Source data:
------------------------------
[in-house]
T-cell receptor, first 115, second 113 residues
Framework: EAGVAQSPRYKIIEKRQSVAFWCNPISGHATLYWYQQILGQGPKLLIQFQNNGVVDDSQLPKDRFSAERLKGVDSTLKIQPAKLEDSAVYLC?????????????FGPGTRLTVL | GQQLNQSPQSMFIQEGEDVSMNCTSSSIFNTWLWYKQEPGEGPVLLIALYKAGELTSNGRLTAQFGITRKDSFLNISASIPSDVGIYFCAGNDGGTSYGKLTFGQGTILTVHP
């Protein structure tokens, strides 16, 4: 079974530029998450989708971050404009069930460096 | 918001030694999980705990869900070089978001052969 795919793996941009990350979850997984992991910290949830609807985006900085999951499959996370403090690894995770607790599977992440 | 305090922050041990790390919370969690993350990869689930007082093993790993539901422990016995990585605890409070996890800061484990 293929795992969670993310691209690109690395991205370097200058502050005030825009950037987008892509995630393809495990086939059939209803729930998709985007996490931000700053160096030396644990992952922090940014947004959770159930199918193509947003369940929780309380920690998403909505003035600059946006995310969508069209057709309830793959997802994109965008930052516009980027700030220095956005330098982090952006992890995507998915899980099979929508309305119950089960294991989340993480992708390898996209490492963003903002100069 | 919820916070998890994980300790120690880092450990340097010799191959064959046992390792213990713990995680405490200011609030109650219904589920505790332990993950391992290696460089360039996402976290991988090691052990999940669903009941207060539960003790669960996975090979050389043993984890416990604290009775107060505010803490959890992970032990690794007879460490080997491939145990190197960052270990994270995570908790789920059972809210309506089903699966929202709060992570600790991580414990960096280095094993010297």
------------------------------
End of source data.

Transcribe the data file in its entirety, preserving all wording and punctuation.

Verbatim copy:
[in-house]
T-cell receptor, first 115, second 113 residues
Framework: EAGVAQSPRYKIIEKRQSVAFWCNPISGHATLYWYQQILGQGPKLLIQFQNNGVVDDSQLPKDRFSAERLKGVDSTLKIQPAKLEDSAVYLC?????????????FGPGTRLTVL | GQQLNQSPQSMFIQEGEDVSMNCTSSSIFNTWLWYKQEPGEGPVLLIALYKAGELTSNGRLTAQFGITRKDSFLNISASIPSDVGIYFCAGNDGGTSYGKLTFGQGTILTVHP
């Protein structure tokens, strides 16, 4: 079974530029998450989708971050404009069930460096 | 918001030694999980705990869900070089978001052969 795919793996941009990350979850997984992991910290949830609807985006900085999951499959996370403090690894995770607790599977992440 | 305090922050041990790390919370969690993350990869689930007082093993790993539901422990016995990585605890409070996890800061484990 293929795992969670993310691209690109690395991205370097200058502050005030825009950037987008892509995630393809495990086939059939209803729930998709985007996490931000700053160096030396644990992952922090940014947004959770159930199918193509947003369940929780309380920690998403909505003035600059946006995310969508069209057709309830793959997802994109965008930052516009980027700030220095956005330098982090952006992890995507998915899980099979929508309305119950089960294991989340993480992708390898996209490492963003903002100069 | 919820916070998890994980300790120690880092450990340097010799191959064959046992390792213990713990995680405490200011609030109650219904589920505790332990993950391992290696460089360039996402976290991988090691052990999940669903009941207060539960003790669960996975090979050389043993984890416990604290009775107060505010803490959890992970032990690794007879460490080997491939145990190197960052270990994270995570908790789920059972809210309506089903699966929202709060992570600790991580414990960096280095094993010297």